By Dani Taylor
You may think that “being vegan” ends with what you put in your mouth. And for some, this may be as far as they take it. We tend to refer to a vegan diet alone as being plant-based. For many, being vegan goes far beyond what you eat. Veganism, at its core, is an ethical decision not to use animals - in food, clothing, hygiene products, entertainment, etc. For many reasons, from animal welfare to environmental reasons, to health, people choose to eschew animals and animal byproducts in many walks of life!
For people who choose to follow a vegan lifestyle, they can run into some speed bumps when it comes to lifting gear. Traditionally, weightlifting belts, gloves, shoes, and more can all be made using animal products like leather. It can be challenging to find the appropriate gear to help you lift safely while also keeping in line with your vegan ethics.
We have personally tested many vegan options out and have compiled some of the best vegan lifting gear you can find, right here.
Vegan Lifting Shoes:
1st Place - Adidas Powerlifts 3.1: Probably our favorite vegan lifting shoe on the market, This squat shoe gives you outstanding ankle support and tons of stability. They also have an open toe structure so your feet never feel like they’re getting squished or sweaty. If your main form of training is heavy lifting (as opposed to more agile WODs), these shoes are your best bet!
Adidas Powerlifts 3.1
2nd Place - Innov-8 Fastlift 335: This versatile vegan weightlifting shoe is perfect for the athlete who enjoys Crossfit, WODs, or any type of “functional fitness”.
Its unique design allows you to transition with ease from doing heavy squats to barbell snatches to burpees without a hitch. This is a true cross-training shoe. For how sturdy and supportive it is, This is an incredibly light-weight shoe constructed from synthetic/mesh material.
Innov-8 Fastlift 335
3rd Place - Chuck Taylors: Many people do not think of Chucks as a weightlifting shoe, and technically they are not. But they are FAR superior to what most people start lifting in, which is running shoes. Running shoes are designed to absorb shock - which is great for running or high impact activities. But it is the exact opposite of what you want in a lifting shoe.
With a flat bottomed lifting shoe, you create the most stable surface for lifting. So, if you’re just getting into lifting weights for the first time and aren’t ready to make a big investment in weight lifting shoes, Chucks are a safe and affordable first lifting shoe.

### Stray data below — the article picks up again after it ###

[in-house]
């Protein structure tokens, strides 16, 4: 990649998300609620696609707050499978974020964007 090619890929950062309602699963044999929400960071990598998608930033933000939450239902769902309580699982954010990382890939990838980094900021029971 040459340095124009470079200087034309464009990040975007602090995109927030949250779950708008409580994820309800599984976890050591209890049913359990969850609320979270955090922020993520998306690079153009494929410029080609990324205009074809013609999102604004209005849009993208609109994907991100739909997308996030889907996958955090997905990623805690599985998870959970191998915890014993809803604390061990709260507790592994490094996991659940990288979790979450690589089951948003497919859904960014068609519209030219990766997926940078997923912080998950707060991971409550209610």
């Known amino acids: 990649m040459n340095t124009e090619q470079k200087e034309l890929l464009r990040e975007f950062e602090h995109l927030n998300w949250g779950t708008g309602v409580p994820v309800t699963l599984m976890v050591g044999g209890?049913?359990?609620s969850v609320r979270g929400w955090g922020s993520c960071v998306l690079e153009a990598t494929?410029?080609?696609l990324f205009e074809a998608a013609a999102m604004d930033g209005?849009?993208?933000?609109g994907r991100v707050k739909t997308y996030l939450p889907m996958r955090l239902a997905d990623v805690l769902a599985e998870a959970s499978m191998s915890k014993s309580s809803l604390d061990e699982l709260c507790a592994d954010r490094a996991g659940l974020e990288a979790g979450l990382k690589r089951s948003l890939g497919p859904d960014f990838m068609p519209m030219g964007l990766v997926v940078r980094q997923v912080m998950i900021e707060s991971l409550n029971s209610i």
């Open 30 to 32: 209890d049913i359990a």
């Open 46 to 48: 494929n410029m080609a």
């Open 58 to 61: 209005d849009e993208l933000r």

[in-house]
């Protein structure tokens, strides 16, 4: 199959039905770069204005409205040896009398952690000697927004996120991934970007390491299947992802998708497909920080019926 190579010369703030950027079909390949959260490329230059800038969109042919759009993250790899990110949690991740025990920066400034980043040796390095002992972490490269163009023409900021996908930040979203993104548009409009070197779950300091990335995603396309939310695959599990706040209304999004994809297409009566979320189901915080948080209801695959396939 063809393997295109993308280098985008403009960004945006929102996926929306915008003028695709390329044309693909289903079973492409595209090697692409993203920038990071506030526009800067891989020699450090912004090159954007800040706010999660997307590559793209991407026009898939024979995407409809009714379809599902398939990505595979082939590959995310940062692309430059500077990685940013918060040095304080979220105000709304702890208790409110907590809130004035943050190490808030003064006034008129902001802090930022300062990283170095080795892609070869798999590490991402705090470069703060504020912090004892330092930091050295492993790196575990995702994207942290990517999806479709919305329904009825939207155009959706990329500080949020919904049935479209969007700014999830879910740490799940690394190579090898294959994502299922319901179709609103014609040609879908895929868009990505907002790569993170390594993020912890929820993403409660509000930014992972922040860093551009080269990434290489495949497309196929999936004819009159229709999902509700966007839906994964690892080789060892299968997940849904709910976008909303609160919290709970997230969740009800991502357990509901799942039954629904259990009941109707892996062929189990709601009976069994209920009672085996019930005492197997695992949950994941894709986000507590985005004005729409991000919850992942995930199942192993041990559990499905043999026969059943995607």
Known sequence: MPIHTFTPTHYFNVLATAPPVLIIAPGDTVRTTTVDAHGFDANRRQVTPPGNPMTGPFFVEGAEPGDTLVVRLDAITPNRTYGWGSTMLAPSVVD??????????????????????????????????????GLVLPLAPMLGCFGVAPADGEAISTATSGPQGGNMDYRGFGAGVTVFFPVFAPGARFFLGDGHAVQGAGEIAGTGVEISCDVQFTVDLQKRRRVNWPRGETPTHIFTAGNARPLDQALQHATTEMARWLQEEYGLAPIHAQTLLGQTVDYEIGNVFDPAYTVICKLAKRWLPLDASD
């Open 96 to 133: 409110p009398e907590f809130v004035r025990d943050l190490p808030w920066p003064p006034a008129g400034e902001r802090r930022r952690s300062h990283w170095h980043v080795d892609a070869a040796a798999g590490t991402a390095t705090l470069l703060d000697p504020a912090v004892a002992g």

Chuck Taylor All-Star 70 High Top Sneaker
1st Place - Strength Shop 13mm Lever Belt: This is the gold standard vegan lifting belt for anyone who has a focus on heavy lifts like squats, deadlifts, overhead press, pendlay rows, etc. THE ONLY IPF powerlifting competition approved vegan belt in powerlifting, this belt is basically indestructible. There are stories of people deadlifting up to 1000 pounds in this belt. The lever allows the tightest fit with the quickest release. Slightly more pliable than a leather belt, we find this synthetic belt molds to your body over time in the best possible way.
Strength Shop 13 mm Lever Belt
2nd Place - Element 26 Self Locking Weight Belt: This belt is not quite as good for powerlifts as the belt above, but is FAR superior for CrossFit and is approved for CrossFit competitions. It is tight and secure and its self-locking mechanism means it will not loosen during your lifts. But it also has a good bit of flexibility to allow for movements that acquire more agility and fast movements.
Element 26 Self Locking Weight Belt
3rd Place - Harbinger Nylon Belt: For a recreational gym-goer or Crossfitter, or perhaps someone just getting into weight lifting who doesn’t want to splurge on a more pricey belt, the Harbinger Nylon belt is a great budget-friendly choice.
This belt is made out of thick and flexible cell foam that provides both support and comfort without feeling like you’re wearing armor (like the belts above). It has a heavy gauge steel roller buckle, along with a velcro system which makes tightening the belt simple and easy.
1st Place - Versa Gripps Pro: If I, Dani Taylor, could have only one piece of lifting gear for the rest of my life, these would be it. I use these grips on deadlifts, pullups, pulldowns and rows, along with hanging exercises like leg raises. The gripps allow your forearms to not take over any exercise, which is often the weakest link in many heavy exercises. Because the rubber flap “holds the weight” for you, your grip (which is obviously weaker than, say, your legs) will never again be the reason you end a set. Along with protecting your palms on certain lifts, these also actually allow you to get more reps on sets where your grip would otherwise be the limiting factor - and this means more gains for you in the long run!
Versa Gripps Pro
2nd Place - JerkFit Wodies: This pair of hand grips has two functions. One is the traditional handgrip that adds more stability to your training, and the other is wrist support. As opposed to the Versa Gripps, which are meant to be worn only for certain exercises, these can be worn for your entire training session. They won’t take your forearms out of the equation, but they will protect your hands and give extra wrist stability no matter what you’re doing in the gym.
3rd Place - Mava Sports Ventilated Workout Gloves: A cross between grips and gloves, this is a great affordable option for folks who want the best of both worlds. The texture on the palms acts as a grip while the fingers give a little bit more protection than other grips. With wrist support, a moderate amount of padding and ventilation throughout, this is a great all-around option for someone who is looking for generalized protection without dropping a lot of money.
Mava Sports Ventilated Workout Gloves